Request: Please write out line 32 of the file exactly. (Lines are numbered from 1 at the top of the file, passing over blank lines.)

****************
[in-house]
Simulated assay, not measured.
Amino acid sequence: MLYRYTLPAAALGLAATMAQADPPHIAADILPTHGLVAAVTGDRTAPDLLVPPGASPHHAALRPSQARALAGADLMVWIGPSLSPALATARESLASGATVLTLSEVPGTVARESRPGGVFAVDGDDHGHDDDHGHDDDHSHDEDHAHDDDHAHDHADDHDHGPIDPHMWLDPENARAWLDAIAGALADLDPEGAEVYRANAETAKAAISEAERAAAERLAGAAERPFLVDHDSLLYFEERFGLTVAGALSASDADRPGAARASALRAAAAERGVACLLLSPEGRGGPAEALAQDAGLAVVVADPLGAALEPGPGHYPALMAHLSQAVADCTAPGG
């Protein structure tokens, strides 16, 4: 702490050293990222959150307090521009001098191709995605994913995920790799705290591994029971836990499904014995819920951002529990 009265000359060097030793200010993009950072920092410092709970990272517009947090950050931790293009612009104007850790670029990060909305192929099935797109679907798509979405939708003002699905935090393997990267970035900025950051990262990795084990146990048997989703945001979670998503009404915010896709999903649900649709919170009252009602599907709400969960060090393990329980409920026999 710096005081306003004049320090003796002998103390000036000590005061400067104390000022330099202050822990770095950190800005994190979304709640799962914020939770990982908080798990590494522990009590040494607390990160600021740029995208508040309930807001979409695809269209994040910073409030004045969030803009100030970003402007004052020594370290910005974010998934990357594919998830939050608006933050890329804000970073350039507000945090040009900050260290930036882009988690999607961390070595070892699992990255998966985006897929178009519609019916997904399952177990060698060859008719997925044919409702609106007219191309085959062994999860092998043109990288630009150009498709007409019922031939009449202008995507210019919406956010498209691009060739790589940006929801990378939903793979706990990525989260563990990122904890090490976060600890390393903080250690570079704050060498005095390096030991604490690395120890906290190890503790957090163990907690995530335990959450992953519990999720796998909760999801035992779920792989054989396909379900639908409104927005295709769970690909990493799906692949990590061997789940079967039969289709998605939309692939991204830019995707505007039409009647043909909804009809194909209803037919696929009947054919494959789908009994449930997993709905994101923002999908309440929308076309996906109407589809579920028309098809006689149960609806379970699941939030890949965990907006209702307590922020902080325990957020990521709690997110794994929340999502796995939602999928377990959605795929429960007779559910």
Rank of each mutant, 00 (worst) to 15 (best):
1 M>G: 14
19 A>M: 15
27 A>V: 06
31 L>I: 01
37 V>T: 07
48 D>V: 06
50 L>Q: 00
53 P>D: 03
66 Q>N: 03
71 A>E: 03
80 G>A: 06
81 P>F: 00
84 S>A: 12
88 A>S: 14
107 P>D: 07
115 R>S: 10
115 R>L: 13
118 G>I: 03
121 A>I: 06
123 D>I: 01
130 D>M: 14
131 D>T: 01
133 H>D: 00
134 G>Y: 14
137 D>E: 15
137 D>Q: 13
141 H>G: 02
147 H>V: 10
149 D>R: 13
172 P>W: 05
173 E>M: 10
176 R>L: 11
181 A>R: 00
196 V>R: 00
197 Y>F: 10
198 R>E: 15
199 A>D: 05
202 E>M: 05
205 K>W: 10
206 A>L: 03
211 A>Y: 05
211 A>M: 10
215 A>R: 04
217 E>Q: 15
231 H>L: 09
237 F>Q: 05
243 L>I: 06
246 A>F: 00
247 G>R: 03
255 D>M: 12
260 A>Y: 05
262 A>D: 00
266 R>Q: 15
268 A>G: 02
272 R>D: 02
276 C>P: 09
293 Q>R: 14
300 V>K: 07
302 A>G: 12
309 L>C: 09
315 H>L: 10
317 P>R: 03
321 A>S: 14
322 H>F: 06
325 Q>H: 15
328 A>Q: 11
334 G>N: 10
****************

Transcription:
141 H>G: 02